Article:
Lessons from David – Part 2

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Solomon was a great prophet and king, one of the greatest. He was wise and just. The Lord appeared to him multiple times (e.g., 1 Kings 9:2). Solomon was wealthy and well-respected by all. However, Solomon “loved many strange [non-covenant] women” (1 Kings 11:1). He had many wives and concubines. In his old age “his wives turned away his heart after other gods: and his heart was not perfect with the Lord his God, and it became as the heart of David his father” (JST 1 Kings 11:3-4). David’s heart was not perfect either but he was repentant, or at least came across as repentant in the scriptures. Solomon worshiped false gods and forsook the Lord. The Lord then took away Solomon’s blessings but retained some for his children (and so on) because of “David thy father’s sake” (1 Kings 11:12). That’s why, even though David did evil in the sight of the Lord, I believe his heart was more repentant than Solomon’s was.

David’s words comprise some of the most beautiful passages in the scriptures. His psalms contain beautiful words and beautiful themes. His words also focus heavily on the role of the Lord as Redeemer, largely because David is seeking forgiveness. Here are a few of his words: “For thou wilt light my candle: the Lord my God will enlighten my darkness.” (Psalm 18:28). “The Lord is my light and my salvation; whom shall I fear? the Lord is the strength of my life; of whom shall I be afraid?” (Psalm 27:1). David also wrote some prophecies that told of events and teachings from the Savior’s life: “My God, my God, why hast thou forsaken me? why art thou so far from helping me, and from the words of my roaring [the Lord as Lion is not an infrequent metaphor for the Savior]…. For dogs have compassed me: the assembly of the wicked have inclosed me: they pieced my hands and my feet. I may tell all my bones: they look and stare upon me [foretelling the Savior on His way to Golgotha and upon the cross]. They part my garments among them, and cast lots upon my vesture” (Psalm 22:1,16-18). David’s Psalms contain many more prophecies of the Savior, referring to Judas’ betrayal (Psalm 41:9), cleansing the temple (Psalm 69:9), the suffering of the Savior in Gethsemane (Psalm 69:20), and how He was offered vinegar while on the cross (Psalm 69:21).

One of my favorite scriptures is found in the 84th psalm. “For a day in thy courts is better than a thousand. I had rather be a doorkeeper in the house of my God, than to dwell in the tents of wickedness. For the Lord God is a sun and shield: the Lord will give grace and glory: no good thing will he withhold from them that walk uprightly” (Psalm 84:10-11; emphasis added). David made mistakes. He made very grievous mistakes but he tried to do good. He is one character I admire and respect for many reasons, in spite of his faults.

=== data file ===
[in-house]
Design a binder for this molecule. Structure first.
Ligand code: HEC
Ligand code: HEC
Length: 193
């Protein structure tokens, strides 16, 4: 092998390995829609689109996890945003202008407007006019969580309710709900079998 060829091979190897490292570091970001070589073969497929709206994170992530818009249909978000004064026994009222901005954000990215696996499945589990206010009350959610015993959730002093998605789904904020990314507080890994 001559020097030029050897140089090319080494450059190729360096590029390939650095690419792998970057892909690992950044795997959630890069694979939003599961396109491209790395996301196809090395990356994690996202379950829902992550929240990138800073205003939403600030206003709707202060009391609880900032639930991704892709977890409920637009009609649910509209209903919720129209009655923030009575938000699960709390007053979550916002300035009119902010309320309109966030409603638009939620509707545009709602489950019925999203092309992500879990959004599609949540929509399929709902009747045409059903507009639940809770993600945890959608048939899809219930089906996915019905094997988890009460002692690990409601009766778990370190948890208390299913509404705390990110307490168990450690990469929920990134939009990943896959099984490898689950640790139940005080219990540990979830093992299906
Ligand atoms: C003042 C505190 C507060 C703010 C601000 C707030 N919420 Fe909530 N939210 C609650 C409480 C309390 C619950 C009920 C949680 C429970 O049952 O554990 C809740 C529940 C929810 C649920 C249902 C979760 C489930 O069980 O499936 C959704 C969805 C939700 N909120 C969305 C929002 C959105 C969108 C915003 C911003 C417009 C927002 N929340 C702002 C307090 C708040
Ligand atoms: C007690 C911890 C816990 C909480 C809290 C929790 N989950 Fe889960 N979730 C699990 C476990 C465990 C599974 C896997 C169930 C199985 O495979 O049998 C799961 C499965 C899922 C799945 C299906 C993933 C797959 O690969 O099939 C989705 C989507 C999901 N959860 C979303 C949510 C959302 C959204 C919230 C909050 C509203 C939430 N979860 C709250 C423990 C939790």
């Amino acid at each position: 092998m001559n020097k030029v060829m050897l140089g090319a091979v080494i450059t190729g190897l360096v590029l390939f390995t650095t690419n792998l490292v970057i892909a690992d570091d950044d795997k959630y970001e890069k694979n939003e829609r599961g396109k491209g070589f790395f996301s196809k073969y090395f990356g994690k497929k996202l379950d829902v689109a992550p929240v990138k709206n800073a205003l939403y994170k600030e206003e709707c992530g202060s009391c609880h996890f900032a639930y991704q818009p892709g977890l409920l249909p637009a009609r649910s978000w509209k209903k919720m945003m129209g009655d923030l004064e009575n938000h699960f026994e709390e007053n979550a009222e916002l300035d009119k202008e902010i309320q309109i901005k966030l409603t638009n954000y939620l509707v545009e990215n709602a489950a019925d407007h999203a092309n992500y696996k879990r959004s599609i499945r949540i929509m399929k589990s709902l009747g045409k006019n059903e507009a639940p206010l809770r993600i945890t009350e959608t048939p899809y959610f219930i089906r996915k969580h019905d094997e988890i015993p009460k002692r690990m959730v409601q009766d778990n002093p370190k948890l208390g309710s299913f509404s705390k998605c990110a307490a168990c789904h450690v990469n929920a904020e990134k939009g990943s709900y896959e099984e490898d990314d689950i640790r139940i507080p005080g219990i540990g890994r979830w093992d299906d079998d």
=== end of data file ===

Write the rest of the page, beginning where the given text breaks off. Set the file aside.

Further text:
Alma and Amulek as Types of Christ, Part 5

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After the fall of the prison many came running to see what caused the commotion. When they saw Alma and Amulek walking out unscathed and filled with the power of God they “fled from the presence of Alma and Amulek even as a goat fleeth with her young from two lions” (Alma 14:29). The righteous of the Lord who are of the House of Israel “shall be among the Gentiles, yea, in the midst of them as a lion among the beasts of the forest” (3 Ne. 21:12; see also Mormon 5:24 and 3 Ne. 20:16). Christ is compared to a lion in the scriptures and was born into a house of lions (see Gen. 49:9). Indeed, He is “the Lion of the tribe of Juda, the root of David” (Rev. 5:5). Those who fled from Alma and Amulek fled as goats. Goats are often used in the scriptures as an analogy for the wicked: “And before him [the Son of Man] shall be gathered all nations: and he shall separate them one from another, as a shepherd divideth his sheep from the goats: And he shall set the sheep on his right hand, but the goats on the left…. Then shall he say…unto them on the left hand, Depart from me, ye cursed, into everlasting fire, prepared for the devil and his angels” (Matt. 25:32-33,41). The Good Shepherd calls His sheep and they follow Him. The goats, those who will not hear His voice and follow Him, flee from before His presence just as they did from before Alma and Amulek.

As we study the scriptures we can learn many things and see many parallels with the life of the Savior. We may even see some parallels in our own lives.